Standard Guage Railway (SGR) line engine drivers Wendy Kathambi (left) and Alice Mugure in one of the locomotive engines during a training session at the SGR Nairobi Training College, April 23, 2017. [PHOTO BY GIDEON MAUNDU/STANDARD].
At least seven women are expected to drive the new (SGR) trains after completing their course in China.
They are part of a group of Kenyans students the China Road & Bridges Corporation (CRBC), the SGR contractor, sponsored to undertake a railway course at China’s Baoji Railway Technical College.
Two of those The Standard spoke to yesterday said they had been equipped with the necessary skills to steer the locomotives.
President Uhuru Kenyatta is expected to launch the SGR trains on June 1.
Wendy Kathambi, 26, and 27-year-old Alice Mugure Gitau said they were happy with their achievements and ready to serve their nation with their skills.
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The two were part of the team that took part in the inaugural test-drive in March, which saw them drive passenger trains at the speed of 105 kilometres per hour.
The train travelled from Nairobi South Passenger station to Sultan Hamud and back. The same train shall be cruising at an average speed of 120 kilometres per hour.
“We were seven students in our class and were taken through many lessons, including light diesel locomotive maintenance,” Alice said.
She sought to dispel the notion that some jobs are meant for men. She said women can drive trains, just the same way men do.
“We were all born with capacities to perform all duties. I believe I can achieve anything is set my mind on. One can become they wish to become,” says Alice whose background is procurement.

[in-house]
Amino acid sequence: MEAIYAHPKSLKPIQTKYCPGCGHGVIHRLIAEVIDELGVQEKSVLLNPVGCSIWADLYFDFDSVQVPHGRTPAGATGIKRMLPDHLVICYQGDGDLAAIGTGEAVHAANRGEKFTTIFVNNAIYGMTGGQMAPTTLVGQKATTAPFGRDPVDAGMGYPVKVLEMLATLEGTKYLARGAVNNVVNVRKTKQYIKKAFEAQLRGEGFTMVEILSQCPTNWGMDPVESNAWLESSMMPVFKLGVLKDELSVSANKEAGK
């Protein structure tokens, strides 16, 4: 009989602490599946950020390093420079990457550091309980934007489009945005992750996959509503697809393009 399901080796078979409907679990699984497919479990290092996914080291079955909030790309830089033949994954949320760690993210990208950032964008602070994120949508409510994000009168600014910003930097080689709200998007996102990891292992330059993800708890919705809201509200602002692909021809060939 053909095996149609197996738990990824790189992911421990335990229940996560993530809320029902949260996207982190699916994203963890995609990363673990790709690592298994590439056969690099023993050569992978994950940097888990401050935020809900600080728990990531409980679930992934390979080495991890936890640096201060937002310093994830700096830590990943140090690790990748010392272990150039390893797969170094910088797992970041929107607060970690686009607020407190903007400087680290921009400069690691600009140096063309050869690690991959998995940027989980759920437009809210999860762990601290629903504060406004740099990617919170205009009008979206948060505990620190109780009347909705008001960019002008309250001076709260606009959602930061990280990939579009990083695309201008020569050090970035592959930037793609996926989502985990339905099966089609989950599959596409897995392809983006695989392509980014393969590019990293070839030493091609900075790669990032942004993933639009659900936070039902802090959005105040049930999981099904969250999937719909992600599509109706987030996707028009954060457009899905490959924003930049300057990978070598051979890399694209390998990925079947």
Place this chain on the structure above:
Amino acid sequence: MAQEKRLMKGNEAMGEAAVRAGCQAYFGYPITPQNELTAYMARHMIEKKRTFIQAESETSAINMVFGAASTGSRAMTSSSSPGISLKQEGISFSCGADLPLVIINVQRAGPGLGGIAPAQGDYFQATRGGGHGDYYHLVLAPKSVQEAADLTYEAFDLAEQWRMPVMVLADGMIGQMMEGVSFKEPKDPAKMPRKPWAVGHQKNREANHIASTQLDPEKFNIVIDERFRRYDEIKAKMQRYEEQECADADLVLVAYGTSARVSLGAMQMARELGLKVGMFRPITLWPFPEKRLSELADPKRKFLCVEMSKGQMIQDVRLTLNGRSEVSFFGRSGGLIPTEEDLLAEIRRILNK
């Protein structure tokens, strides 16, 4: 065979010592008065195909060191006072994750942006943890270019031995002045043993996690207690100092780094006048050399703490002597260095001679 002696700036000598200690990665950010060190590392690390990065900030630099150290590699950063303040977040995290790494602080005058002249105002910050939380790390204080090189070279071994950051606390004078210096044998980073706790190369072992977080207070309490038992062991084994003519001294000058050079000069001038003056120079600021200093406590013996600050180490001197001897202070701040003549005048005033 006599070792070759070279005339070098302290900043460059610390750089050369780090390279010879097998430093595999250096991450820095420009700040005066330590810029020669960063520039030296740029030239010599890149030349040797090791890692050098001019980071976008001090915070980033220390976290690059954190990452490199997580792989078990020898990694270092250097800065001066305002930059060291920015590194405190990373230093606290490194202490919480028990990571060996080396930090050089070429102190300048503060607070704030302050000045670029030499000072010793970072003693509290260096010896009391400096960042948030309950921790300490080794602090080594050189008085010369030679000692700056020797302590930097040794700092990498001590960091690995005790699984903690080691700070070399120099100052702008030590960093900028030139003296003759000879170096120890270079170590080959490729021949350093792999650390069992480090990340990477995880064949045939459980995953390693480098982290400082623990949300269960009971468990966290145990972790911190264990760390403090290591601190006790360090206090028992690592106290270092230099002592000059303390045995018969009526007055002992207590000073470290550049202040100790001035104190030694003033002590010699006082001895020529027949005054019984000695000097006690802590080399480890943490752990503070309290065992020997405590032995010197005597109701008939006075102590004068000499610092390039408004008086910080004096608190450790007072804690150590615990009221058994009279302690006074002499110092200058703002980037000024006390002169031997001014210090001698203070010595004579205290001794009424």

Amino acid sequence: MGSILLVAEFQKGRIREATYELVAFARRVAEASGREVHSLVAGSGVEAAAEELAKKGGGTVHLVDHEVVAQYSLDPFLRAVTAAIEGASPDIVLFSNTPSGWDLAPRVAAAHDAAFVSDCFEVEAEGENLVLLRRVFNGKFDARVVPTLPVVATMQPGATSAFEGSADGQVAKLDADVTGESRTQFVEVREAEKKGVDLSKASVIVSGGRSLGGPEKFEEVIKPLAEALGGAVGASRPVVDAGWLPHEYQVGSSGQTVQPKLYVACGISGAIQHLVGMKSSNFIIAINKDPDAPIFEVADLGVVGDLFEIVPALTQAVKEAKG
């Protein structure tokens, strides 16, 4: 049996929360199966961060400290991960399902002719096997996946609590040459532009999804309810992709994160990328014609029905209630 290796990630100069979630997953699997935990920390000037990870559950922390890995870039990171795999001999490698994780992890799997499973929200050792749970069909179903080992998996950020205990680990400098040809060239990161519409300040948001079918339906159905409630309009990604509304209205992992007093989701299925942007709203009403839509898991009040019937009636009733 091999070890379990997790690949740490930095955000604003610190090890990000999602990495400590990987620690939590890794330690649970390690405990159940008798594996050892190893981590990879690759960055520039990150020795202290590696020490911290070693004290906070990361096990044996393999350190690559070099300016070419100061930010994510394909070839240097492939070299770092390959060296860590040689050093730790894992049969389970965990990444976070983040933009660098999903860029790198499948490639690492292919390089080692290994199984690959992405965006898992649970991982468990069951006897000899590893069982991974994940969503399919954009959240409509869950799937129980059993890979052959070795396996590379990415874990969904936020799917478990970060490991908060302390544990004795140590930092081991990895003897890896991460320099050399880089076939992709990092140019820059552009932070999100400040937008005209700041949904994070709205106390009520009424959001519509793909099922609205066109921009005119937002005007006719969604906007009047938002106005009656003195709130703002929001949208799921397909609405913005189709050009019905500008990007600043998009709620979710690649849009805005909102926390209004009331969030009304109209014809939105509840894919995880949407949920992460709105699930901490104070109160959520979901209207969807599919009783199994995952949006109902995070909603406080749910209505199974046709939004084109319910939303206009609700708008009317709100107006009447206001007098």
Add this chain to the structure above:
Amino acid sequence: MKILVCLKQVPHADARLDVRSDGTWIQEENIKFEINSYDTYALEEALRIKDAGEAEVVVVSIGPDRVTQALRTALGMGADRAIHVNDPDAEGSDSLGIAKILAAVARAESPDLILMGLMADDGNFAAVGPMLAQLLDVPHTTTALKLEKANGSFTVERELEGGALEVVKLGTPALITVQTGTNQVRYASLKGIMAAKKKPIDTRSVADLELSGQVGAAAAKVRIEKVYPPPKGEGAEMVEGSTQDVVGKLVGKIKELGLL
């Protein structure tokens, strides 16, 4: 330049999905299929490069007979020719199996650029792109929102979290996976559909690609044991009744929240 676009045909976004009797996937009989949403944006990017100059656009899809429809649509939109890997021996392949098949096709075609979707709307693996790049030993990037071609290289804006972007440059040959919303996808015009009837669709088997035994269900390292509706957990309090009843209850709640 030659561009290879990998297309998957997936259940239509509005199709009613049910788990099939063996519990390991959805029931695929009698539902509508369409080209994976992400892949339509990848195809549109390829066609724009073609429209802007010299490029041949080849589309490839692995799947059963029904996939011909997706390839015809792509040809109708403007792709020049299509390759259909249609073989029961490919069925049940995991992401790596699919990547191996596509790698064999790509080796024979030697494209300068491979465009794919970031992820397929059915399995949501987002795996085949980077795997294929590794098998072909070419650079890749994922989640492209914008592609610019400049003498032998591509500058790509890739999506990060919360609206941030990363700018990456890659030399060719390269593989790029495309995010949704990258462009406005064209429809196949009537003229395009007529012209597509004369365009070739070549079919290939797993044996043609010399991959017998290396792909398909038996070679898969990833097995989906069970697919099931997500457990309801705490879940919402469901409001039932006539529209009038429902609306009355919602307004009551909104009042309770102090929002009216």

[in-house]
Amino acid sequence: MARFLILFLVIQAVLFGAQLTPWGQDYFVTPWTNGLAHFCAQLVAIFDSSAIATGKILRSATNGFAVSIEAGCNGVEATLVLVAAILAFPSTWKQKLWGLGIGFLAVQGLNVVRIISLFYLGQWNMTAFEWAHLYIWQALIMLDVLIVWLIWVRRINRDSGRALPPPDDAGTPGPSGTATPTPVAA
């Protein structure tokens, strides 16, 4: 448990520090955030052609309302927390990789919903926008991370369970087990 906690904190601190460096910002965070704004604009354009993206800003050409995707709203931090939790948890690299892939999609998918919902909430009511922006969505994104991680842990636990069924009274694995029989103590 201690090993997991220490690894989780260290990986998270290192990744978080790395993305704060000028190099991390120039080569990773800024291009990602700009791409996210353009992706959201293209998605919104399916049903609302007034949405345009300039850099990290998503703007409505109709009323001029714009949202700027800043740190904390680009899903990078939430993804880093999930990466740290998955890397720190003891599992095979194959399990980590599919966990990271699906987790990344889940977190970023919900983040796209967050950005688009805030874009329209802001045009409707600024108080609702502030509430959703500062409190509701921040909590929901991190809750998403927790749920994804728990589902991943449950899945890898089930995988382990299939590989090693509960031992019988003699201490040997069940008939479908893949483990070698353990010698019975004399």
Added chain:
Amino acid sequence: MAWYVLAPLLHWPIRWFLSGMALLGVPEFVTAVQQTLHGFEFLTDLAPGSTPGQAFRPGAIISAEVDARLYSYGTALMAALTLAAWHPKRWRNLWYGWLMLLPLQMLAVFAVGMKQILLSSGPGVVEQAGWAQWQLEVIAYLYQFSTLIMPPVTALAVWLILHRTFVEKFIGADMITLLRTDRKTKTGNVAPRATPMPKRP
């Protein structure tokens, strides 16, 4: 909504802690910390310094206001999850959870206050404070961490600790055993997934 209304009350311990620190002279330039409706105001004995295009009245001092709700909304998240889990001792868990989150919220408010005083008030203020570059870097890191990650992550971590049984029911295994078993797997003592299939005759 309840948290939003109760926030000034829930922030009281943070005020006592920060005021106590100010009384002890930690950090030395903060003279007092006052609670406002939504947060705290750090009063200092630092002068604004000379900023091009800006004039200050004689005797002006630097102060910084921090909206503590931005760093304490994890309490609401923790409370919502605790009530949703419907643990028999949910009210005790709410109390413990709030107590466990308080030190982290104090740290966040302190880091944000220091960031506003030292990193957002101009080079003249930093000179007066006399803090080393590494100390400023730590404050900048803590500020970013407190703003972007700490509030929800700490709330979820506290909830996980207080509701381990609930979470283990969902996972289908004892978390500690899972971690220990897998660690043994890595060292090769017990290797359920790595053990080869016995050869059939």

“After completing the procurement course, I undertook a Bachelor’s degree in Chinese Language and Culture. The course entailed a six-month session in Kenya and one year in China. I was later hired by a Chinese firm as a translator at the Railway Training Institute (RTI). It was while there that I learnt of the SGR training programme and enrolled for the course,” Alice said.
Wendy says joining the men-dominated sector has always been her desire and she is happy that she finally achieved it.
“This is what gives me satisfaction after developing interest in new technology as far as railway development is concerned. It is a pretty new field and Kenya does not have adequate manpower to drive the rail transport,” she said.
“I was undertaking a higher diploma in Electrical Engineering at the Railway Training Institute (RTI). When the SGR training programme started, I opted for it,” says Wendy who holds a diploma in Electrical Engineering.
Kenya Railways Managing Director Atanas Maina said he was excited about the programme. “We have young Kenyan women engineers in the project. We want to expand the same into operations and maintenance in line with government’s directive. It is also well spelled out in performance contracting guidelines,” Maina said.
He added: “This is the first time in the history of Kenya to have women taking charge of locomotive operations. They trainees have done well and I know they will do a good job.”
One of the areas the trainees will focus on after returning to Kenya is the practical aspect of the training.
Experts say for one to quality to operate a passenger train, they must undergo a three-year training.
Alice said the fact that the training was carried out in English made it easy for them. “The training was largely practical and this made it very interesting. We were taught how to drive a locomotive. We also had lessons on maintenance,” she said.
After fulfilling all the requirements, the driver and his assistant must be issued with a locomotive key and walkie-talkies before setting out. This is after the dispatcher has stamped the driver’s licence.